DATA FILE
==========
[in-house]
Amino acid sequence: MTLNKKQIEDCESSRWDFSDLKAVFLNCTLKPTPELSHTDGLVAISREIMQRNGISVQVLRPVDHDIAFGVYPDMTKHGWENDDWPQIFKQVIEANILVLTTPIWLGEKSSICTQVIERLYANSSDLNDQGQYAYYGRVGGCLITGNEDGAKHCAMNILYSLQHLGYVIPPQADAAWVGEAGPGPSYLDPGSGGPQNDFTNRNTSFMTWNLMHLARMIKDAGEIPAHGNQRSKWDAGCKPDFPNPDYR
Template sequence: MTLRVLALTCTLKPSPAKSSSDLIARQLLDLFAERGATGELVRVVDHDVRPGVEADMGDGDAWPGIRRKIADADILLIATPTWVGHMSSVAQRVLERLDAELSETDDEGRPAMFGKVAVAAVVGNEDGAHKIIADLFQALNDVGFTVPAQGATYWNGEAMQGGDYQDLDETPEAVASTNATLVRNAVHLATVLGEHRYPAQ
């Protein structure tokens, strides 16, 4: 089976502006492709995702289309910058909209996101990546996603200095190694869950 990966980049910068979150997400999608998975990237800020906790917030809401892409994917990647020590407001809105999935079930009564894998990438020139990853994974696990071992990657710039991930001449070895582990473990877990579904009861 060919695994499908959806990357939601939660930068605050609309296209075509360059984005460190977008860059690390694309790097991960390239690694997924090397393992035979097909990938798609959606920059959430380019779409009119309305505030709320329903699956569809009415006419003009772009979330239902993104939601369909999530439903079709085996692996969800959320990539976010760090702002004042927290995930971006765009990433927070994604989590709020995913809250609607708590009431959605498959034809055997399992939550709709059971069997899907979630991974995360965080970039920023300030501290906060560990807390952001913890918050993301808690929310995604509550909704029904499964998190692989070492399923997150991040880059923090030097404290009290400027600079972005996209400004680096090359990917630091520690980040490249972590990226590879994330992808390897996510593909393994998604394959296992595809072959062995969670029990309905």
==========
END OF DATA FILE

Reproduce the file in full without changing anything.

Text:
[in-house]
Amino acid sequence: MTLNKKQIEDCESSRWDFSDLKAVFLNCTLKPTPELSHTDGLVAISREIMQRNGISVQVLRPVDHDIAFGVYPDMTKHGWENDDWPQIFKQVIEANILVLTTPIWLGEKSSICTQVIERLYANSSDLNDQGQYAYYGRVGGCLITGNEDGAKHCAMNILYSLQHLGYVIPPQADAAWVGEAGPGPSYLDPGSGGPQNDFTNRNTSFMTWNLMHLARMIKDAGEIPAHGNQRSKWDAGCKPDFPNPDYR
Template sequence: MTLRVLALTCTLKPSPAKSSSDLIARQLLDLFAERGATGELVRVVDHDVRPGVEADMGDGDAWPGIRRKIADADILLIATPTWVGHMSSVAQRVLERLDAELSETDDEGRPAMFGKVAVAAVVGNEDGAHKIIADLFQALNDVGFTVPAQGATYWNGEAMQGGDYQDLDETPEAVASTNATLVRNAVHLATVLGEHRYPAQ
């Protein structure tokens, strides 16, 4: 089976502006492709995702289309910058909209996101990546996603200095190694869950 990966980049910068979150997400999608998975990237800020906790917030809401892409994917990647020590407001809105999935079930009564894998990438020139990853994974696990071992990657710039991930001449070895582990473990877990579904009861 060919695994499908959806990357939601939660930068605050609309296209075509360059984005460190977008860059690390694309790097991960390239690694997924090397393992035979097909990938798609959606920059959430380019779409009119309305505030709320329903699956569809009415006419003009772009979330239902993104939601369909999530439903079709085996692996969800959320990539976010760090702002004042927290995930971006765009990433927070994604989590709020995913809250609607708590009431959605498959034809055997399992939550709709059971069997899907979630991974995360965080970039920023300030501290906060560990807390952001913890918050993301808690929310995604509550909704029904499964998190692989070492399923997150991040880059923090030097404290009290400027600079972005996209400004680096090359990917630091520690980040490249972590990226590879994330992808390897996510593909393994998604394959296992595809072959062995969670029990309905």